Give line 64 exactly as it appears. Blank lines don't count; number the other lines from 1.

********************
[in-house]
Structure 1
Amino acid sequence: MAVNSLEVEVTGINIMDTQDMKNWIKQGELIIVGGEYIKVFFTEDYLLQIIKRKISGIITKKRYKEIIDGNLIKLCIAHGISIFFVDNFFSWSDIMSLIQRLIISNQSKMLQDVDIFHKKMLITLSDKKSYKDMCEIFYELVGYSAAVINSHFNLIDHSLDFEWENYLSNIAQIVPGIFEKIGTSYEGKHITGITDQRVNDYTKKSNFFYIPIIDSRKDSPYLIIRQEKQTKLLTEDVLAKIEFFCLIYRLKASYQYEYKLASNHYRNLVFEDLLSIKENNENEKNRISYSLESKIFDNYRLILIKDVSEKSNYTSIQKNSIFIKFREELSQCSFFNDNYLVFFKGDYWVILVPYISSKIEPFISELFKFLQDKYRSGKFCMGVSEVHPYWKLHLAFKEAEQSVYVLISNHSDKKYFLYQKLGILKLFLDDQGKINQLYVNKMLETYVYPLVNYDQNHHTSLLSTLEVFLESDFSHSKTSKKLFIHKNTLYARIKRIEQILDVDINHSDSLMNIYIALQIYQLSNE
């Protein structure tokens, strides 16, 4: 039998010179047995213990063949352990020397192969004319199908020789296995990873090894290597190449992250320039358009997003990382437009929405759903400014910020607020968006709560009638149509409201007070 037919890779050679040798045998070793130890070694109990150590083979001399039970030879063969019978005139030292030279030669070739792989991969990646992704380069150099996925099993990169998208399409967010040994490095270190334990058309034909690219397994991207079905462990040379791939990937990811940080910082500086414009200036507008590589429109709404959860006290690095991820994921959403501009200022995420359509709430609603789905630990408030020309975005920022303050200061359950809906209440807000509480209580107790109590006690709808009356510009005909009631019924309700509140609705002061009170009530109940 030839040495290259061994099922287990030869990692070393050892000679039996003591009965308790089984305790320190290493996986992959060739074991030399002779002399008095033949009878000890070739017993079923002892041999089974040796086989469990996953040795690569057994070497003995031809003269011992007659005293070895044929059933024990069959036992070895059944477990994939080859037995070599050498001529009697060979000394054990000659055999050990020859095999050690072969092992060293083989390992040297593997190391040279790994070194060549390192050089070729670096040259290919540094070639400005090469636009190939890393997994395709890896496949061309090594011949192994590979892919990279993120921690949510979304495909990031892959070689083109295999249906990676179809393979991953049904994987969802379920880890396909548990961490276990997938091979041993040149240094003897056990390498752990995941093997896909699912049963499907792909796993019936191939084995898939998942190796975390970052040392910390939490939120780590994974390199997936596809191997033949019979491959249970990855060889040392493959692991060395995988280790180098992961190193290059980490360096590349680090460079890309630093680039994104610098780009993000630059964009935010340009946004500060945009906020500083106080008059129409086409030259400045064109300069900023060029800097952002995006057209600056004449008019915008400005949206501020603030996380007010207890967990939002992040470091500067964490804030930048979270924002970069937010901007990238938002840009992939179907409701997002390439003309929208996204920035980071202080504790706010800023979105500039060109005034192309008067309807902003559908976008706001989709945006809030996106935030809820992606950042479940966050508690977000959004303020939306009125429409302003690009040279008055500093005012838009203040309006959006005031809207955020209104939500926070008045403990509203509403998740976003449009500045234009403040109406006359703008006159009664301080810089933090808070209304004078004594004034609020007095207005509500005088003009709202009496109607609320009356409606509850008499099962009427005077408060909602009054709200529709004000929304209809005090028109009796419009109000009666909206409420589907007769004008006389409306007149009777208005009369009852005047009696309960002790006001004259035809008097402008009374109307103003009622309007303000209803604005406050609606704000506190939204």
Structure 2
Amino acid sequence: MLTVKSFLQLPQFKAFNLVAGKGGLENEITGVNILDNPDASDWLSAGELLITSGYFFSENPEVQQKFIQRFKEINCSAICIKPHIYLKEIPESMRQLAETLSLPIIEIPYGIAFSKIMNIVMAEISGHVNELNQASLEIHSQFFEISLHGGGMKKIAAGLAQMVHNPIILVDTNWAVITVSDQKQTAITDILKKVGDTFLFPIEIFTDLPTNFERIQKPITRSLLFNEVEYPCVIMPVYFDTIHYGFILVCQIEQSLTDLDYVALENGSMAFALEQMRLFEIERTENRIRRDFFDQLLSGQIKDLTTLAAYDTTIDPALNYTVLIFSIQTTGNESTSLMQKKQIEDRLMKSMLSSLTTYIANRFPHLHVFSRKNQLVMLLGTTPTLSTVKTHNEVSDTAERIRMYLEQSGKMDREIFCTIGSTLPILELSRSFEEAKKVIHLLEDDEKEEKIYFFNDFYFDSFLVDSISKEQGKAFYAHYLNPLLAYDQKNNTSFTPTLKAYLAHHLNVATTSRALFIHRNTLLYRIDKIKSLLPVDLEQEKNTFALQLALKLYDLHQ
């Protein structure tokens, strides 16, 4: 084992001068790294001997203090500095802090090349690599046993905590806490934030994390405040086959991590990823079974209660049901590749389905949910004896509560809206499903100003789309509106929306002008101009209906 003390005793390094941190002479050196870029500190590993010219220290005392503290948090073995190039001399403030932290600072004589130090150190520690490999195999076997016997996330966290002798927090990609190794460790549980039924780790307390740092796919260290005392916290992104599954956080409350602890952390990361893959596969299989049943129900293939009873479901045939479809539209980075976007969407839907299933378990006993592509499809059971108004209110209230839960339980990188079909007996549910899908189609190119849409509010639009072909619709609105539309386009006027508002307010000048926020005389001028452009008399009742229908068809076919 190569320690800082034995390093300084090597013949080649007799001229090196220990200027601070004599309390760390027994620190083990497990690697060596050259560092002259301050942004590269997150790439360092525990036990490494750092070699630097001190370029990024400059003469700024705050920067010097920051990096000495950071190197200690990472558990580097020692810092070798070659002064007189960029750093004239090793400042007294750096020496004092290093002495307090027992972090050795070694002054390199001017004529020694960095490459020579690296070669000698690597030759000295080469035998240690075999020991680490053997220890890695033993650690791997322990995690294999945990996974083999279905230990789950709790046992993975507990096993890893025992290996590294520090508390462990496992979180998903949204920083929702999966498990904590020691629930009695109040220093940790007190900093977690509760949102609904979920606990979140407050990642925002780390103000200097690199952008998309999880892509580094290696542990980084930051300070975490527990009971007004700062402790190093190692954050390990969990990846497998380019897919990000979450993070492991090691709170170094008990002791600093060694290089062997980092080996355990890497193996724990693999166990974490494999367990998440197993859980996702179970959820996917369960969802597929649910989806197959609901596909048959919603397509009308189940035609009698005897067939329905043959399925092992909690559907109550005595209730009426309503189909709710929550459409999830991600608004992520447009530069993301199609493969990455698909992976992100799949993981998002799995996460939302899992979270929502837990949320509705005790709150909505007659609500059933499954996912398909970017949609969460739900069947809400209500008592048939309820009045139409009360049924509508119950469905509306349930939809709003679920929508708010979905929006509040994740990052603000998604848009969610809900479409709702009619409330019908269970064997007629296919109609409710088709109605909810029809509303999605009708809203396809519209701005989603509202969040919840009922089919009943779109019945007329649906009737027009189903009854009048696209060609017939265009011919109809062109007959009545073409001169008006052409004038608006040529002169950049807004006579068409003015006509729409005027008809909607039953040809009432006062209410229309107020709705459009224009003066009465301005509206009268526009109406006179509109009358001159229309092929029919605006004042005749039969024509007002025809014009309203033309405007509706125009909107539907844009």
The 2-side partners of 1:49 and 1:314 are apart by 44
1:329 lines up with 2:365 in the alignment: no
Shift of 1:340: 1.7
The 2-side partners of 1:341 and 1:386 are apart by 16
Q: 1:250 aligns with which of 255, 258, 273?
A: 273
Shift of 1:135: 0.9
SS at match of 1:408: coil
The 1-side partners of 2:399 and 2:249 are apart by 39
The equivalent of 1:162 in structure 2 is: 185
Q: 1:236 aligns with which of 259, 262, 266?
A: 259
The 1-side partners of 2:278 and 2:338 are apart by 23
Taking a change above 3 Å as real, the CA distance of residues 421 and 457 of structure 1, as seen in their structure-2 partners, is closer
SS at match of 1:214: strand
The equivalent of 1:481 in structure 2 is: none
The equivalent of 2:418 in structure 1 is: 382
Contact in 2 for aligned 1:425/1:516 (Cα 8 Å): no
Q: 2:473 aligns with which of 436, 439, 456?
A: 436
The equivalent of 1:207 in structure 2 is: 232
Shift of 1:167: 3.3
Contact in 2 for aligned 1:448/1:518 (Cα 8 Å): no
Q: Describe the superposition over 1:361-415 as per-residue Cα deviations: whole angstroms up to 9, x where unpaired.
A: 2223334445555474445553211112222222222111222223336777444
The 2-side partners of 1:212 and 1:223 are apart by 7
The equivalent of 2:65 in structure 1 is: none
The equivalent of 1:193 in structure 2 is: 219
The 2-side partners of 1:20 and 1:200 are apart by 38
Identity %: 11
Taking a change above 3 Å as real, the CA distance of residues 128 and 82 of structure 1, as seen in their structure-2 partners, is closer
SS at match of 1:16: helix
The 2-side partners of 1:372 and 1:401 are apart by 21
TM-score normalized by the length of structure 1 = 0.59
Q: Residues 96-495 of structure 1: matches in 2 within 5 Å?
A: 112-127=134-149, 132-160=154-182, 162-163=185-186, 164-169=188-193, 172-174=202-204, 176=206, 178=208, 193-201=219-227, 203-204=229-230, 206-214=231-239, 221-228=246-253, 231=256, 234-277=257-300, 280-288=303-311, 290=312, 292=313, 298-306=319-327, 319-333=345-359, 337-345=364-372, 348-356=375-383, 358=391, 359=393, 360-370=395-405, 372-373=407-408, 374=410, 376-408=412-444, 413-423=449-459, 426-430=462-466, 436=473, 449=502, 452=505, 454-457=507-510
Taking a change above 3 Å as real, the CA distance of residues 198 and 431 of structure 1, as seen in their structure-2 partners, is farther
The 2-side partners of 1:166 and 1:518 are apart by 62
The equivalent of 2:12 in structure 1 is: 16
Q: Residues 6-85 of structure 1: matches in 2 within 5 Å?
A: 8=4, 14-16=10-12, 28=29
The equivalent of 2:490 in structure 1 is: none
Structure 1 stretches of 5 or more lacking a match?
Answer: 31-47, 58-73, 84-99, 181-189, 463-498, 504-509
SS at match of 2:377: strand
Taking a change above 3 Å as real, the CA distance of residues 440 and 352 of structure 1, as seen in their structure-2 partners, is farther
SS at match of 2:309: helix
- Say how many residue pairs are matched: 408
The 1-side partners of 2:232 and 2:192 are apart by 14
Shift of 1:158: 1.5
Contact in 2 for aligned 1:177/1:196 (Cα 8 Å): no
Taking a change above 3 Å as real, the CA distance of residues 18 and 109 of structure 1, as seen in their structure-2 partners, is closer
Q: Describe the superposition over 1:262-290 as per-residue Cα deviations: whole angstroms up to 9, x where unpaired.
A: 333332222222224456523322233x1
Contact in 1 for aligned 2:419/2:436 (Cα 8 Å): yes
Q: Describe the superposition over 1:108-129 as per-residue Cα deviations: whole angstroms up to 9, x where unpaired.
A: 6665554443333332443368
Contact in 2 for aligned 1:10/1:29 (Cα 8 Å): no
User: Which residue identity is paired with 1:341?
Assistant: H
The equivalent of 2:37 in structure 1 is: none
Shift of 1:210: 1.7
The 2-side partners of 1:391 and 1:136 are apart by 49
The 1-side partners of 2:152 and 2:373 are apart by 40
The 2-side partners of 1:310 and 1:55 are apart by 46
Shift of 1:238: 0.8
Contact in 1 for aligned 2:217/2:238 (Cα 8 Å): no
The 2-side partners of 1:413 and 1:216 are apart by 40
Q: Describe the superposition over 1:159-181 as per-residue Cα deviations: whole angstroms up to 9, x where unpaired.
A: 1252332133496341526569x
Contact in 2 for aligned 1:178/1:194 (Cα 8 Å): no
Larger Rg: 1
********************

A: 6665554443333332443368